"I wish I could have skipped college." ~ Saul Kripke

Saul Kripke is an American philosopher. Known for his influential contributions to logic, he has also been fruitful in such fields as philosophy of language, philosophy of mathematics, and set theory.


Born into an observant Jewish family, Kripke was recognised as a prodigy, having taught himself Hebrew by six, read all of Shakespeare by nine, and begun to explore high-level mathematical problems by the end of elementary school.  He attended Harvard, finding it uneventful, and taught there briefly before taking on professorships at a number of other institutions; he is currently Distinguished Professor of Philosophy at City University of New York.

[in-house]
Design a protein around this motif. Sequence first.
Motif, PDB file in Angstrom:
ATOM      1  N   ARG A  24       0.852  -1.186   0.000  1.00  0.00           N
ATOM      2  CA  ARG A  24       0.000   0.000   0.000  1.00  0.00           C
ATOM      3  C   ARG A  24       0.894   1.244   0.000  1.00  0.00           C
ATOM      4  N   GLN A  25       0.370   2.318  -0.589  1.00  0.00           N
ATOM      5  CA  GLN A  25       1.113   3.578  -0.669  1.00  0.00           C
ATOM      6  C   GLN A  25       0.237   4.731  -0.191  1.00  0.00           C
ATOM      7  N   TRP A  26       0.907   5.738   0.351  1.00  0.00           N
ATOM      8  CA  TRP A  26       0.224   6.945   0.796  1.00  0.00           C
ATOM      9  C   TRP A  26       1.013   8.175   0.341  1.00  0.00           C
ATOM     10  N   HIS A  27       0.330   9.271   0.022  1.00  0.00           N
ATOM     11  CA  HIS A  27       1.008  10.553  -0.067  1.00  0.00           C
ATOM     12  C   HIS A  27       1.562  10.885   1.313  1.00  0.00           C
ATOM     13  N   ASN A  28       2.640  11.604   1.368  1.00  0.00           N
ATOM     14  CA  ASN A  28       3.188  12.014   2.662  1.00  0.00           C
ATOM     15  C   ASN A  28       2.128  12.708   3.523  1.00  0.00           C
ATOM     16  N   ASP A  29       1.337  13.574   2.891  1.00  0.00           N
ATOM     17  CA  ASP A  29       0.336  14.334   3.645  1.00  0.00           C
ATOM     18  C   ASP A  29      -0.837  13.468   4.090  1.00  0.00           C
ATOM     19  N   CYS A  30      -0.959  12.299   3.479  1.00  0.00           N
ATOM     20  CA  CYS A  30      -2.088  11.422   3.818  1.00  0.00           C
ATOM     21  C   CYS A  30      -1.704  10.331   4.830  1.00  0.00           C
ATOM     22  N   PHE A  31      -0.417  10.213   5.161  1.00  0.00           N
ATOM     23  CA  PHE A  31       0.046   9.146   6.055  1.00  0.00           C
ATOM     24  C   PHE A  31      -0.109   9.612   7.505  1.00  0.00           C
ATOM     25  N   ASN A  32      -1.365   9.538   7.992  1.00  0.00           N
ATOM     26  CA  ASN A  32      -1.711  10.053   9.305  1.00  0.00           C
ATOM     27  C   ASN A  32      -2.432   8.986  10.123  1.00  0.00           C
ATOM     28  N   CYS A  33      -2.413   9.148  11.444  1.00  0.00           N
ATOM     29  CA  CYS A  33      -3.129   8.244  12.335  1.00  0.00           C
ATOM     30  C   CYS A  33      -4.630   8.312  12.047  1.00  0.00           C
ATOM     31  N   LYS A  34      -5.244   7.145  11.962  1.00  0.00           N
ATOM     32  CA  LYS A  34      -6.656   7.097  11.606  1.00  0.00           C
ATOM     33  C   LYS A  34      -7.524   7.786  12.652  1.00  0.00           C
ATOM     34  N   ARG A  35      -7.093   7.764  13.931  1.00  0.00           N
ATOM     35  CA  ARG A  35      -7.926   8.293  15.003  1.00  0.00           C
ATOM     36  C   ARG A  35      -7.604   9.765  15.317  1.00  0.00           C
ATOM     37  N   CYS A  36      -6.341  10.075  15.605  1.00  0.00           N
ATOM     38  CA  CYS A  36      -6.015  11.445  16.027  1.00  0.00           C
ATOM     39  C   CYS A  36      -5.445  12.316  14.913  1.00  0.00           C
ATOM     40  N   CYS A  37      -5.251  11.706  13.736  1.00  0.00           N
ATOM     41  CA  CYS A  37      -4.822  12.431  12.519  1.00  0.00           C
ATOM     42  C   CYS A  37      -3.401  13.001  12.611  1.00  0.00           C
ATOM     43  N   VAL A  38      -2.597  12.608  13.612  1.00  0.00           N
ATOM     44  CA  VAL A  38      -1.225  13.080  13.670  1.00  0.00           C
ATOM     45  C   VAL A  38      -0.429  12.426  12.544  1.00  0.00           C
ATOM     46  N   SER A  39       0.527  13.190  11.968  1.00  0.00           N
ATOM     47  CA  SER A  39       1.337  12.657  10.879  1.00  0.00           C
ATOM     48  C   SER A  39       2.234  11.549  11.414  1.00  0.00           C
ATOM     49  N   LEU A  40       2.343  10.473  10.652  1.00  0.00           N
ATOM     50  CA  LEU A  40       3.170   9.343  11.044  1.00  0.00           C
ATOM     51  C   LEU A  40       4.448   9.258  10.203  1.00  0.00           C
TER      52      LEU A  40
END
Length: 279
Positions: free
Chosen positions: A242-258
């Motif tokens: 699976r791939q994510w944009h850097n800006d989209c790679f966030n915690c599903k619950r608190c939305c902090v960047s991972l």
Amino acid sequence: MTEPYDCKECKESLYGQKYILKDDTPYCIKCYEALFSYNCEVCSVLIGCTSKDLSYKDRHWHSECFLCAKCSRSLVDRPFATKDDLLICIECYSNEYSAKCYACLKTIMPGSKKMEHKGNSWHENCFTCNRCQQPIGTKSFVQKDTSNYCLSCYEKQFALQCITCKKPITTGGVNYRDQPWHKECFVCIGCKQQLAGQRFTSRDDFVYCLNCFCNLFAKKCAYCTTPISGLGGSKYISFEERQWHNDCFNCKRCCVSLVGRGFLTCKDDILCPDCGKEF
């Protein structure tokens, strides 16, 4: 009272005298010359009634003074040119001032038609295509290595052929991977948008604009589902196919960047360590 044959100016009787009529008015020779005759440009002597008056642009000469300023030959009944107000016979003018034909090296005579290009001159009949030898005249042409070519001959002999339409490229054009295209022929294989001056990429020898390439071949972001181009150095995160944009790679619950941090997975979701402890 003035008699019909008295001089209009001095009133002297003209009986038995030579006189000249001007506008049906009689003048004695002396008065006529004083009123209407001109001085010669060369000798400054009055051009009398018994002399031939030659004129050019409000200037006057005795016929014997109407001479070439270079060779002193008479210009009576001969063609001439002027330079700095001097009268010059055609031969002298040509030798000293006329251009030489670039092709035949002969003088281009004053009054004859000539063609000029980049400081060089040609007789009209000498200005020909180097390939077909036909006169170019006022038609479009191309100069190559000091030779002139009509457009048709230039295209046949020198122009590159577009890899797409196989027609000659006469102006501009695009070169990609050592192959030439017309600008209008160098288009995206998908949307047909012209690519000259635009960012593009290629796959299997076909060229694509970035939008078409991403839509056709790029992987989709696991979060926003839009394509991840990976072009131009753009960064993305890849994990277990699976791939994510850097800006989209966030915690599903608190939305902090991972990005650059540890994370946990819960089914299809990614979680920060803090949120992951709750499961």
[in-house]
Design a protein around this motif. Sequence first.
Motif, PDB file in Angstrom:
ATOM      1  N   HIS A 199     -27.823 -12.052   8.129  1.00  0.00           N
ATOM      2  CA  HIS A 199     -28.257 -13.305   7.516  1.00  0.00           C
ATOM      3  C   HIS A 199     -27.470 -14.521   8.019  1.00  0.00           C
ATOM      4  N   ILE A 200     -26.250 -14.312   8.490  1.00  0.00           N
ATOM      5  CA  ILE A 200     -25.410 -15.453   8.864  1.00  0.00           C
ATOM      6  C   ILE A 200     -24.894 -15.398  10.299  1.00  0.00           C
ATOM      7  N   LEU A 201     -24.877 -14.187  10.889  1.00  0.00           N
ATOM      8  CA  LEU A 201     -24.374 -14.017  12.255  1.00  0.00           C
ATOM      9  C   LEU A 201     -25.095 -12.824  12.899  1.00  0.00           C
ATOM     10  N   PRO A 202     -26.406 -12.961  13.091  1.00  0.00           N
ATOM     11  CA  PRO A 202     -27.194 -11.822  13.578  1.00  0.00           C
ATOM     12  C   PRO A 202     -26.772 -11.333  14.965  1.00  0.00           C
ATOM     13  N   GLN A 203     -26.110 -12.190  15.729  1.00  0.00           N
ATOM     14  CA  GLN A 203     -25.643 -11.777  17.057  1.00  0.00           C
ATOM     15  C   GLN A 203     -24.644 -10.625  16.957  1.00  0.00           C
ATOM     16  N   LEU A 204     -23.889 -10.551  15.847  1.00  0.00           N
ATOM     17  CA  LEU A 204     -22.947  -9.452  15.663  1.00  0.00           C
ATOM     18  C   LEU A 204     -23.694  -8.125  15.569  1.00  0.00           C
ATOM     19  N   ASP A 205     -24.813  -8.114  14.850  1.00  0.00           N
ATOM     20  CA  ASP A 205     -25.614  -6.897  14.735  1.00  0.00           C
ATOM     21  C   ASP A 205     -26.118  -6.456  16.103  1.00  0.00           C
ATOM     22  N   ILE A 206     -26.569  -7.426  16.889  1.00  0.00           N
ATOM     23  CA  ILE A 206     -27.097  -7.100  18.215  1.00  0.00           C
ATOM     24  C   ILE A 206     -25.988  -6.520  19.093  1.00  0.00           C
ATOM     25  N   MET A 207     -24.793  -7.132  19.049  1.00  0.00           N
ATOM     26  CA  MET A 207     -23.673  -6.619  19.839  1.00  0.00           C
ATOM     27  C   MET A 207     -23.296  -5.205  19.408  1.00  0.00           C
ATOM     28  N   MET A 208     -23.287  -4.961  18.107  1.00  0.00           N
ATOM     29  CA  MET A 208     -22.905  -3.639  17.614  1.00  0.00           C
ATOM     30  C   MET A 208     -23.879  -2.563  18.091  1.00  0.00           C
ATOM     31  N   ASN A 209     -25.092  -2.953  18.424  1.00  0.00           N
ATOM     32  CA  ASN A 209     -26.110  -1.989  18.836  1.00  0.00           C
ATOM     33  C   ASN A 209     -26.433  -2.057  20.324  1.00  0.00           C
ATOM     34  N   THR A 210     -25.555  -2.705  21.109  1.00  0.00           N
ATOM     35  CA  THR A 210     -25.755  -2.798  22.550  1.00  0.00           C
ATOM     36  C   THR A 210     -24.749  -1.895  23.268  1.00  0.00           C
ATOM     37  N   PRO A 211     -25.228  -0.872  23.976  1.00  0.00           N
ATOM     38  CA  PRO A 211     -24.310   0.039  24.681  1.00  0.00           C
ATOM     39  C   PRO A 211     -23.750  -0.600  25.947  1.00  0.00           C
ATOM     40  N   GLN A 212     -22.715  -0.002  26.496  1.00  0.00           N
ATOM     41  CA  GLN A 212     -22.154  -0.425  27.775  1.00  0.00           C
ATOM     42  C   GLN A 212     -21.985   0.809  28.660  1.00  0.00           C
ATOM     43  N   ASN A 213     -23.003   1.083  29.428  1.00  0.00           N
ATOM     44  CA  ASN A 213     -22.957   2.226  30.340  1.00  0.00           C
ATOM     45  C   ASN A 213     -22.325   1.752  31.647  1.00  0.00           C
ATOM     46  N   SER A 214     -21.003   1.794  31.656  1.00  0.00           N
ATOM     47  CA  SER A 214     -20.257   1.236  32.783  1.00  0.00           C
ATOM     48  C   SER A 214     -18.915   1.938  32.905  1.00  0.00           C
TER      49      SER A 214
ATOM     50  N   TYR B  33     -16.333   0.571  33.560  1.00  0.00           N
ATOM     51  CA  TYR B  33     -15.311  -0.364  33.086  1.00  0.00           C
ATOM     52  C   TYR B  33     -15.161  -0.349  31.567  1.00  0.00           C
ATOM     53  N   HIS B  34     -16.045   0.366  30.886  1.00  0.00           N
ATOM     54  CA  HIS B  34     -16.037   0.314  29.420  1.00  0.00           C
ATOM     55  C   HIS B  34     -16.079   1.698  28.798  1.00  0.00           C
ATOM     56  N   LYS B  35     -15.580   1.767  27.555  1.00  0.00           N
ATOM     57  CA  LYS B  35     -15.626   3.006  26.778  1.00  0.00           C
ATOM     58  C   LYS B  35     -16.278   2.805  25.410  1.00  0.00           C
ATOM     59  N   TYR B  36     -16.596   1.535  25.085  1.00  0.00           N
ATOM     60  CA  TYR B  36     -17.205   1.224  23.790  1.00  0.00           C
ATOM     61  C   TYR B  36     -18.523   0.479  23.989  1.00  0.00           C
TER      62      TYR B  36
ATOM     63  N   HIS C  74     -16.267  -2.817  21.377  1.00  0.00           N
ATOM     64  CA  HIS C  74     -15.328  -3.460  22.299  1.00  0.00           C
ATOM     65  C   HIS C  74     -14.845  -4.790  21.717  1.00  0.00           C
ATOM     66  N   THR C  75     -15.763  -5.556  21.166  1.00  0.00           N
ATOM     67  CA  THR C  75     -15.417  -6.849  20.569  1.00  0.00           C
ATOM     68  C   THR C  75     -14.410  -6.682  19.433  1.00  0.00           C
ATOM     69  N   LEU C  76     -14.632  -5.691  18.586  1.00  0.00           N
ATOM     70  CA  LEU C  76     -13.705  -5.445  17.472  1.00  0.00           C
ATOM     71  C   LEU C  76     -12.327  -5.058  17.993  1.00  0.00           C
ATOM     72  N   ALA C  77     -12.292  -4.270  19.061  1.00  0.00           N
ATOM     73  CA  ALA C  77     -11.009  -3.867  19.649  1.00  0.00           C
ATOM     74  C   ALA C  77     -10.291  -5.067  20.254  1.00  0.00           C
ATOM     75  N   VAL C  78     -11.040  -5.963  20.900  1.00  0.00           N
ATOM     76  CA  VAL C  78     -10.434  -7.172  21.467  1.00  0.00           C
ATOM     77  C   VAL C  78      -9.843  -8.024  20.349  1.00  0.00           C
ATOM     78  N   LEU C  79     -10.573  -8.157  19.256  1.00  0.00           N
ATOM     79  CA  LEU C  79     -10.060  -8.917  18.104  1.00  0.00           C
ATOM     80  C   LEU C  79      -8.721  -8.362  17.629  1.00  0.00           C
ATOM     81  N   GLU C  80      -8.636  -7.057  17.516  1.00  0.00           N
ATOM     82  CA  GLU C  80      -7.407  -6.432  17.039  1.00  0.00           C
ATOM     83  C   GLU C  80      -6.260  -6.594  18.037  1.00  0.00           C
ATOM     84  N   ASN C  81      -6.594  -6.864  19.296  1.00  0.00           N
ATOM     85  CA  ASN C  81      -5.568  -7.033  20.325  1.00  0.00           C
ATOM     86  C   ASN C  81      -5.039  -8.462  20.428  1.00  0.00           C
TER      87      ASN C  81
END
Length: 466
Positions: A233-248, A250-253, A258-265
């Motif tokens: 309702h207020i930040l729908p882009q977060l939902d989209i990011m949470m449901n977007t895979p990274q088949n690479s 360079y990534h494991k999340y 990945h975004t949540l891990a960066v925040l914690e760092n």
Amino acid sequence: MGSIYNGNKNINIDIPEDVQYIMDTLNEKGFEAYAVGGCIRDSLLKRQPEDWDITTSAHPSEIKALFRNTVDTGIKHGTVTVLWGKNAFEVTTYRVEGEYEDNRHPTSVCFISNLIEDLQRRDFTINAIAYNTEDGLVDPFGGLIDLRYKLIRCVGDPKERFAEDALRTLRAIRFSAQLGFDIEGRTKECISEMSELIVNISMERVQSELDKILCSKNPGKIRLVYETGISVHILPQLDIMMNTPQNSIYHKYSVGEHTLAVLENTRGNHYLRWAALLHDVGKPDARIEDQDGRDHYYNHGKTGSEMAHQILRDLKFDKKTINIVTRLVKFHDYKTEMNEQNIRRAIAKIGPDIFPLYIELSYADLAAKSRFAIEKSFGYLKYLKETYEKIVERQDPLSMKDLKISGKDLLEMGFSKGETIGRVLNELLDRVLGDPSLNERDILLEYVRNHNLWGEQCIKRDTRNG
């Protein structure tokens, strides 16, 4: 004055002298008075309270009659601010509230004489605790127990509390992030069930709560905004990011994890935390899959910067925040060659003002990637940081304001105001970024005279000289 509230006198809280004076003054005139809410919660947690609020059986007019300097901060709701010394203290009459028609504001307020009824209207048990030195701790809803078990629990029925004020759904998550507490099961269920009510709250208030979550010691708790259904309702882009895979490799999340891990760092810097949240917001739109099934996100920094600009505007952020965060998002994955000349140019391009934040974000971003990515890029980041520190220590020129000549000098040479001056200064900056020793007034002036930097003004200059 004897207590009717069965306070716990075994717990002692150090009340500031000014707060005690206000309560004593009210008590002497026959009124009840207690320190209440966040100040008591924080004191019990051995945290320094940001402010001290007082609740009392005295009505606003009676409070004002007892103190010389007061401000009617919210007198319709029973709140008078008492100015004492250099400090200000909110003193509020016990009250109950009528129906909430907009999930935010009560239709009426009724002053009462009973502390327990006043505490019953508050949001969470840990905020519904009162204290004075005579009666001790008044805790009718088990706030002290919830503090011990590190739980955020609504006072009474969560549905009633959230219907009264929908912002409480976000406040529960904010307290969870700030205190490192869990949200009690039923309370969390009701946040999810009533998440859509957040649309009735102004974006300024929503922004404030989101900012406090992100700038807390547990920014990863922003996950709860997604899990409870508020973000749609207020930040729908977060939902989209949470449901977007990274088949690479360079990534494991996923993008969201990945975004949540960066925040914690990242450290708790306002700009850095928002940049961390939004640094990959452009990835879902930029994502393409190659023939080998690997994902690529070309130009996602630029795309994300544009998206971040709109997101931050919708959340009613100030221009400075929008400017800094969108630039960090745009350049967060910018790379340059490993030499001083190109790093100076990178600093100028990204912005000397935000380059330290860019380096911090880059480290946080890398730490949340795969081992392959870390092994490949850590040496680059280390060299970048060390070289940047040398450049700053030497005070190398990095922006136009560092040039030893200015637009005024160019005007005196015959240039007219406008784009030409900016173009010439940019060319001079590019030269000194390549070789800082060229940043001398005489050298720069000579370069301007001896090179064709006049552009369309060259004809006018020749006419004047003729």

Kripke is perhaps best known for Naming and Necessity, which, among other issues, examined how names refer to things in the world. He is also recognised for his novel intepretation of Wittgenstein's writings on private language.

"In many circles, Mr Kripke .... is thought to be the world's greatest living philosopher". ~ New York Times

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